A guest post by an author who wishes to remain anonymous.
I remember waking up on my 23rd birthday and deciding today was the day I had to acknowledge the pregnancy I had been carrying since February — my birthday is in August. Although I had been raised in a solidly pro-choice family, I was incredibly ashamed of myself for getting pregnant and found that denial was the easy out. I tried everything I could in the beginning to force miscarriage; I remember hitting myself in the stomach, getting so drunk I would hold a trash bag to throw up into and then drink more, and taking every medication I had in my little apartment in the hopes that something would work. Nothing did.
My boyfriend was living in another state and I will never forget the phone call I made from our little apartment to tell him the news. I’m lucky today that I can call him husband; it was this pregnancy situation that helped me see what a wonderful man he is. After hearing about the pregnancy, he resigned his internship and jumped on a plane the next day to come home. We went to our local clinic and, of course, were told I was too far along for them to help. 24 weeks pregnant. 24 weeks.
We went to see a later abortion provider 70 miles away and were again told no. We traveled three hours to another clinic, but I was just days beyond their limit. Another no. But they had one last little tiny bit of hope. As we left the clinic one of the women behind the counter handed me a card with a name and a phone number written on it: Dr. George Tiller, 316-684-5108. Little did I know, this card would change my life.
My boyfriend and I made the long drive back home and made the phone call. The woman on the other end of the line was one of the kindest, most caring individuals I had ever spoken with. She didn’t start the call asking how far along I was or how much money I had, she asked if I was okay. She walked me through the scheduling process with care and love, and checked in with me multiple times in the days before we again made the long trip to Dr. Tiller’s clinic.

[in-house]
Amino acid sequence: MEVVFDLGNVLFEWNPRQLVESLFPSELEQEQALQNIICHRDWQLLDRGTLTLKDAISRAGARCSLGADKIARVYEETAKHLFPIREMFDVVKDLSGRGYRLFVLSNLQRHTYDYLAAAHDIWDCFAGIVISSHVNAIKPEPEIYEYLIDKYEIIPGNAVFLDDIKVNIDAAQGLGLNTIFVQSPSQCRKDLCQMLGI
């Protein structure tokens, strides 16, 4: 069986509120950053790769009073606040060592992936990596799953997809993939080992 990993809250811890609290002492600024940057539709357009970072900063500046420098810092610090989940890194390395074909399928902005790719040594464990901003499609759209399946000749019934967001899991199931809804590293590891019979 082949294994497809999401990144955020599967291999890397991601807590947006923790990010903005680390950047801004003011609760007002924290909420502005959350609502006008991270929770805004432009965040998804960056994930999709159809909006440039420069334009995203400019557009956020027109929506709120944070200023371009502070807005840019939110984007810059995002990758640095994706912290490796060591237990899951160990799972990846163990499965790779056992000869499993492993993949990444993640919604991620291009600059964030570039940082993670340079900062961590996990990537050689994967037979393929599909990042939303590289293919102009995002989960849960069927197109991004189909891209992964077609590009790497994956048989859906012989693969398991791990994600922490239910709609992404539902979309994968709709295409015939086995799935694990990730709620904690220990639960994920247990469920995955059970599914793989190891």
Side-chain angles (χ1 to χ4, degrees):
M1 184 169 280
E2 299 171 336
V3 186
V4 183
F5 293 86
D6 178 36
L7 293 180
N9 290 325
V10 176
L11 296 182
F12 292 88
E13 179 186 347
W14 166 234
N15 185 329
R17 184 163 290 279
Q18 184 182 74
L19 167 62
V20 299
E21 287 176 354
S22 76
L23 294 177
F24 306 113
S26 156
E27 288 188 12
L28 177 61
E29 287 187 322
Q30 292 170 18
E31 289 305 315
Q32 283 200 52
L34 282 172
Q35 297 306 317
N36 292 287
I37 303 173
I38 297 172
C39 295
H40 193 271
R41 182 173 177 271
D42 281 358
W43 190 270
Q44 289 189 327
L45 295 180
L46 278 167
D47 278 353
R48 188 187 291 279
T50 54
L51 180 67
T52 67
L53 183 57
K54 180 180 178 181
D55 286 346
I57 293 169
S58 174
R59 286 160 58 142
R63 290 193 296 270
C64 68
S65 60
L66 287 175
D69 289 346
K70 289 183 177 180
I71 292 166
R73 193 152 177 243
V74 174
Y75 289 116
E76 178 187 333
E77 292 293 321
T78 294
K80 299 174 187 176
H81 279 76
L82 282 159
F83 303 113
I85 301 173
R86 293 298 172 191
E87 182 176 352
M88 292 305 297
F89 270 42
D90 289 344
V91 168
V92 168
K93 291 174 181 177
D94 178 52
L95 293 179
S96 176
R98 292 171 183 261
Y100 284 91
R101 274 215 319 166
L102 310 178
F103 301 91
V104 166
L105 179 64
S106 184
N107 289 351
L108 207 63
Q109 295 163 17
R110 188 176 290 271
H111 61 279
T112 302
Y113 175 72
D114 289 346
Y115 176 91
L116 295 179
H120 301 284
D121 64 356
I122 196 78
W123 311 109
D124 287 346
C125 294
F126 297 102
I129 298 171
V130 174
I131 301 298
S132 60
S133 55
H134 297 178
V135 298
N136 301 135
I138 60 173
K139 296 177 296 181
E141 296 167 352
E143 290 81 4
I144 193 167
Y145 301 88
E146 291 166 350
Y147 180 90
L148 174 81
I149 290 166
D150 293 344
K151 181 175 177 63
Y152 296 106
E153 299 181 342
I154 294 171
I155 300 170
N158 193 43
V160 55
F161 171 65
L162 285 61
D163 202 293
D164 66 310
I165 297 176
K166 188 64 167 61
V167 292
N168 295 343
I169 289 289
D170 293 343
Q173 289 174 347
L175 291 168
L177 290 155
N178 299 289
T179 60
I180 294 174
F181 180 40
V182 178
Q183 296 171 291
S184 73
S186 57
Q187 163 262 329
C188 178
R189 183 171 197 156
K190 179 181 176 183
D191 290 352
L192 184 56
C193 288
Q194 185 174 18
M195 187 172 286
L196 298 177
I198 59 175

I was terrified as I rode in the car, couldn’t sleep the night before we went to the clinic for the first time, and watched my hands shake as we walked into the clinic for the first time. We couldn’t afford to pay the cost of the abortion on our own but were lucky my parents agreed to help us with funding; many women don’t have this luxury. Later I would learn of many funds throughout the United States who exist solely to help women pay for their abortions.
From the moment we checked in it was clear this was the place I was supposed to be. Looking across the room at the faces of the people who were there with us: husbands and wives, boyfriends and girlfriends, mother and fathers with their daughters, I felt less alone; I wasn’t the only one. As Dr. Tiller walked into the room, everyone silenced. He smiled. “Welcome,” he said. His first word was exactly how I felt.
I was lucky to have Dr. Tiller provide my abortion. I was lucky to have been taken care of by his incredible staff. I was lucky to be part of the program he had built for his clients, including counseling, care, and love that was needed during a very difficult time. When it was time for us to return home, I remember feeling conflicted. I didn’t want to leave this safe space. I wanted to stay here with the people who understood and supported what I had just been through, but I knew it was time to go home, and I knew I had support in Wichita whenever I needed it. I was ready to move on and not let this experience hold me back. Thank you Dr. Tiller for your wonderful care. You are missed every day.